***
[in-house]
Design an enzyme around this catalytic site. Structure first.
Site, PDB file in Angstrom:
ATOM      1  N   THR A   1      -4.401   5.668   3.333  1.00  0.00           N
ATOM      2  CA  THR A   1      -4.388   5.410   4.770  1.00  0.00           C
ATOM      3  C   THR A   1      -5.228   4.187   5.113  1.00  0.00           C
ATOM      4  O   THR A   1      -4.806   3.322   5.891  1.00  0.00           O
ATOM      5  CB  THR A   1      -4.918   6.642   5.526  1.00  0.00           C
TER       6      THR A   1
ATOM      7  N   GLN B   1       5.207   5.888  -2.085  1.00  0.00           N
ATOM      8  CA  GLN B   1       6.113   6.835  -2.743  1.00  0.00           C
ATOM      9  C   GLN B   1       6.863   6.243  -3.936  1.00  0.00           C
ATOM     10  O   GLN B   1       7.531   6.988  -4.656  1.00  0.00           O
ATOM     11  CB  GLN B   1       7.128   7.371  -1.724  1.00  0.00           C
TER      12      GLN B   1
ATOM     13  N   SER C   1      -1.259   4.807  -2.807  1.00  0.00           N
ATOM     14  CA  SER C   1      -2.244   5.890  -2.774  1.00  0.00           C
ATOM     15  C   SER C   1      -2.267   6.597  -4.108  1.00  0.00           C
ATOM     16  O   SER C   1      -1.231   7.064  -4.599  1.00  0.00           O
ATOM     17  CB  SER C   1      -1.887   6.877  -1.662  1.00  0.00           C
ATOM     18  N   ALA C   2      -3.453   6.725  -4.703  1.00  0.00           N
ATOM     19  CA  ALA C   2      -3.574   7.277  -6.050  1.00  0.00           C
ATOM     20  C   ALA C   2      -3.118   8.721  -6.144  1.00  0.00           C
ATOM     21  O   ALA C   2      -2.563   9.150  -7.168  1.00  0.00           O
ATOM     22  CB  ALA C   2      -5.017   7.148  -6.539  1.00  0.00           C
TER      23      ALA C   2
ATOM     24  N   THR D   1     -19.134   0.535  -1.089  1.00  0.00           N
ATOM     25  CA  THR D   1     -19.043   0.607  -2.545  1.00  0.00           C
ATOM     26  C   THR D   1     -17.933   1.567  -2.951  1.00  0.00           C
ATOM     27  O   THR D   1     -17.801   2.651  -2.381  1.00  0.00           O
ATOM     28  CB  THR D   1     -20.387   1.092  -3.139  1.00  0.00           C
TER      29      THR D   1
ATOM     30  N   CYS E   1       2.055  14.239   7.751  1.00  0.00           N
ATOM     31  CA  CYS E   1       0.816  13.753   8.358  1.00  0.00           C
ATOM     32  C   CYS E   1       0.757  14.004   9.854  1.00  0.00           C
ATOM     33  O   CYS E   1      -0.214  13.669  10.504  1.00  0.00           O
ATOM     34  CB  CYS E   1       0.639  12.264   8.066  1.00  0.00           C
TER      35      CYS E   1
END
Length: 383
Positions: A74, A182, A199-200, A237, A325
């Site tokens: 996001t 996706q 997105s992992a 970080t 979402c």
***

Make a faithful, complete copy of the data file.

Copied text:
[in-house]
Design an enzyme around this catalytic site. Structure first.
Site, PDB file in Angstrom:
ATOM      1  N   THR A   1      -4.401   5.668   3.333  1.00  0.00           N
ATOM      2  CA  THR A   1      -4.388   5.410   4.770  1.00  0.00           C
ATOM      3  C   THR A   1      -5.228   4.187   5.113  1.00  0.00           C
ATOM      4  O   THR A   1      -4.806   3.322   5.891  1.00  0.00           O
ATOM      5  CB  THR A   1      -4.918   6.642   5.526  1.00  0.00           C
TER       6      THR A   1
ATOM      7  N   GLN B   1       5.207   5.888  -2.085  1.00  0.00           N
ATOM      8  CA  GLN B   1       6.113   6.835  -2.743  1.00  0.00           C
ATOM      9  C   GLN B   1       6.863   6.243  -3.936  1.00  0.00           C
ATOM     10  O   GLN B   1       7.531   6.988  -4.656  1.00  0.00           O
ATOM     11  CB  GLN B   1       7.128   7.371  -1.724  1.00  0.00           C
TER      12      GLN B   1
ATOM     13  N   SER C   1      -1.259   4.807  -2.807  1.00  0.00           N
ATOM     14  CA  SER C   1      -2.244   5.890  -2.774  1.00  0.00           C
ATOM     15  C   SER C   1      -2.267   6.597  -4.108  1.00  0.00           C
ATOM     16  O   SER C   1      -1.231   7.064  -4.599  1.00  0.00           O
ATOM     17  CB  SER C   1      -1.887   6.877  -1.662  1.00  0.00           C
ATOM     18  N   ALA C   2      -3.453   6.725  -4.703  1.00  0.00           N
ATOM     19  CA  ALA C   2      -3.574   7.277  -6.050  1.00  0.00           C
ATOM     20  C   ALA C   2      -3.118   8.721  -6.144  1.00  0.00           C
ATOM     21  O   ALA C   2      -2.563   9.150  -7.168  1.00  0.00           O
ATOM     22  CB  ALA C   2      -5.017   7.148  -6.539  1.00  0.00           C
TER      23      ALA C   2
ATOM     24  N   THR D   1     -19.134   0.535  -1.089  1.00  0.00           N
ATOM     25  CA  THR D   1     -19.043   0.607  -2.545  1.00  0.00           C
ATOM     26  C   THR D   1     -17.933   1.567  -2.951  1.00  0.00           C
ATOM     27  O   THR D   1     -17.801   2.651  -2.381  1.00  0.00           O
ATOM     28  CB  THR D   1     -20.387   1.092  -3.139  1.00  0.00           C
TER      29      THR D   1
ATOM     30  N   CYS E   1       2.055  14.239   7.751  1.00  0.00           N
ATOM     31  CA  CYS E   1       0.816  13.753   8.358  1.00  0.00           C
ATOM     32  C   CYS E   1       0.757  14.004   9.854  1.00  0.00           C
ATOM     33  O   CYS E   1      -0.214  13.669  10.504  1.00  0.00           O
ATOM     34  CB  CYS E   1       0.639  12.264   8.066  1.00  0.00           C
TER      35      CYS E   1
END
Length: 383
Positions: A74, A182, A199-200, A237, A325
């Site tokens: 996001t 996706q 997105s992992a 970080t 979402c």